At this a strange kind of panic overcame me. My brother and I were halfway between my mother’s and my dad’s, with no phone and our fare the only money in our pockets. Typically, my brother wanted to wait it out. The buses would start running again soon, he said. But I knew that wasn’t the case. The snow had settled, and heavy spidery flakes were still bombing the city. Waiting would only make it harder to walk; and walking, I knew, was inevitable.

To return to dad’s was, relatively speaking, easier; it was closer and the route was straightforward; but, as when after the split, when we were asked which parent we wanted to live with, we instinctively felt drawn to our mother, despite the inevitable hardships. And so, our decision made, we set off through the snow in the direction of home, following the route the bus would have taken. Yet time and distance, we found, are deceptive. What had taken 25 minutes on a bus, would, we thought, only take us an hour. But the bus wasn’t a young child; it wasn’t cold and tired and scared. On the bus, home had always seemed close, just around the next corner; but as we mashed through the snow it seemed impossible, unreachable; it seemed, after a couple of hours, as though it no longer existed; nothing existed, except the snow, which is all we could see.

Two or three times my brother fell down, and I, almost without stopping, dragged him to his feet, shouting encouragement into the snow. At some point night fell too; and still the heavy spidery flakes came down, punctuating the darkness. By this stage I could not have said why I was doing what I was doing; instinct had kicked in; one foot followed the other, regardless. I remember coming to a distinctive spot, a part of the journey that, by bus, always felt significant, because it meant only another five or ten minutes until we reached home. But on foot, mashing through thick boot-clinging snow, that last leg, which was up hill, seemed monstrous.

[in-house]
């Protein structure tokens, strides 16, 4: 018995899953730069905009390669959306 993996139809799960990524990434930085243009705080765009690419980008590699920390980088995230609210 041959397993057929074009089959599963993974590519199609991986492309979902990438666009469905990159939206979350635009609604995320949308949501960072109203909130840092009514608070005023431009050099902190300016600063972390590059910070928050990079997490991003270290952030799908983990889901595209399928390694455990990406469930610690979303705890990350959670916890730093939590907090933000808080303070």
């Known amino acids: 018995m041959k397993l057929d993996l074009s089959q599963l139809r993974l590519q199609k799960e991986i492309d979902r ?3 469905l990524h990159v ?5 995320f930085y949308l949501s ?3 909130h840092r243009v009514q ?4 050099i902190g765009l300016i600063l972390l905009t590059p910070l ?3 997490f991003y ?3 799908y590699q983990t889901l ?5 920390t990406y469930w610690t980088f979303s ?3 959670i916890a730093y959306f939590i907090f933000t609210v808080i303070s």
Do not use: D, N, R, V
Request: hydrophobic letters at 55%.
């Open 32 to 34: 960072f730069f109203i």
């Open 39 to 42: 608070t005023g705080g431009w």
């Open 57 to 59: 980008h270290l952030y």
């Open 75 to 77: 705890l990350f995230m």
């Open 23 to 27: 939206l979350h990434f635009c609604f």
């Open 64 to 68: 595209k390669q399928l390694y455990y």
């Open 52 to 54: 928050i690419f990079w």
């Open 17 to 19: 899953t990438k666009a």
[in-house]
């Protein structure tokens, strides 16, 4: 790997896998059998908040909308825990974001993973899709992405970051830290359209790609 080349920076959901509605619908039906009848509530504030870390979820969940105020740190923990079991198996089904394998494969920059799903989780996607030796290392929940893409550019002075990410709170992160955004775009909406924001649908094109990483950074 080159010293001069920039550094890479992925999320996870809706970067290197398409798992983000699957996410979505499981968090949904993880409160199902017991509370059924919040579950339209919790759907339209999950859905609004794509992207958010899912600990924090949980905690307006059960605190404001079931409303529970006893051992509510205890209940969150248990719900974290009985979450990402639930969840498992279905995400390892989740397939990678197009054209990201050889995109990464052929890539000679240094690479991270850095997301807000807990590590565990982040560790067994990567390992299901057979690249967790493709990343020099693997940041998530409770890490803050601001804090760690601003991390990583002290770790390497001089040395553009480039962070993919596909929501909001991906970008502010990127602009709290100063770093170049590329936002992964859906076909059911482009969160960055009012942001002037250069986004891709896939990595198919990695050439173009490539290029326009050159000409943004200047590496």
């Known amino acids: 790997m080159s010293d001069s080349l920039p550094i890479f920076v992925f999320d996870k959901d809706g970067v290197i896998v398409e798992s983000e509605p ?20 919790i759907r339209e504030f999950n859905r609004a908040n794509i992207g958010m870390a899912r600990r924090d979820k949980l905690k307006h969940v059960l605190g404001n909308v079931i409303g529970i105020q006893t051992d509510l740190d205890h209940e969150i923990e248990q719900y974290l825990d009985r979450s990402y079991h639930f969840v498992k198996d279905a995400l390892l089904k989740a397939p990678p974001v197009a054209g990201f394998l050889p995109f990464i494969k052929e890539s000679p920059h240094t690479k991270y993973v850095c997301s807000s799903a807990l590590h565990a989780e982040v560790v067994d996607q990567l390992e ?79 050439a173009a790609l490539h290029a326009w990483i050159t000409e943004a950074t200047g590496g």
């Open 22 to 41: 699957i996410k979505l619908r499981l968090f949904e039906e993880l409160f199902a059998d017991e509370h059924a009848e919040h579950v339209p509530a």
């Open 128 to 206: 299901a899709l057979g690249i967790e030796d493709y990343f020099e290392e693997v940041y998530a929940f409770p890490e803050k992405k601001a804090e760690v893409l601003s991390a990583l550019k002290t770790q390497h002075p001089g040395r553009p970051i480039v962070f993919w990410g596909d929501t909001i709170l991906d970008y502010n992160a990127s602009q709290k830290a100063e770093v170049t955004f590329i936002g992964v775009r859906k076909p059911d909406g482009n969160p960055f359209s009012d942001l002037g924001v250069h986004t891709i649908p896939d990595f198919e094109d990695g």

Eventually we made it, of course. As we descended the hill on the other side we were met by my mother and her then boyfriend, who, we were told, could not bear to wait any longer and had started to walk to meet us on the way. And there it was: home; which is, I found, not a physical building, but the look in my mother’s eyes as she ran to greet us.

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[Odysseus in the Cave of Polyphemus by Jacob Jordaens]

The point of this story is to illustrate how universal great literature is, for whenever I think back to that day, which is something that I do quite often, I am immediately reminded of The Odyssey, Homer’s immortal poem. My brother and I did not encounter any Sirens, or Lotus Eaters or Cyclops, but our walk through the snow was, in principle, a fight to get home, to overcome adversity and return to the familiar and comfortable. And, on the most basic level, this is just what The Odyssey is about. Following the war at Troy, as he sought to return to Ithica, to his wife and son, Odysseus had stumbled from one disastrous situation to the next, until the great warrior found himself entrapped on an island for seven years by Calypso, a Goddess. Eventually, with the help of Pallas Athena, he is allowed to leave; and so continues his famous, epic quest.

“Men are so quick to blame the gods: they say
that we devise their misery. But they
themselves- in their depravity- design
grief greater than the griefs that fate assigns.”

It may seem like an unusual thing to say about epic poetry, but there is a tremendous amount of dumb fun to be had when reading The Odyssey. The tricking of Polyphemus – who Odysseus gets drunk and subsequently blinds – is probably the most famous episode, but I also particularly enjoyed the beautiful witch Circe, who turns a number of the ship’s crew into pigs. To the modern reader, The Odyssey is a fantasy, having much in common with something like The Tempest or A Midsummer’s Night Dream or even fairytales; indeed, to highlight a more recent example, one can draw a number of parallels between Homer’s work and the Lord of the Rings saga. In this way, I would say that it has a broader appeal, is easier to digest, and certainly contains greater variety, than the brutal, relentless Iliad.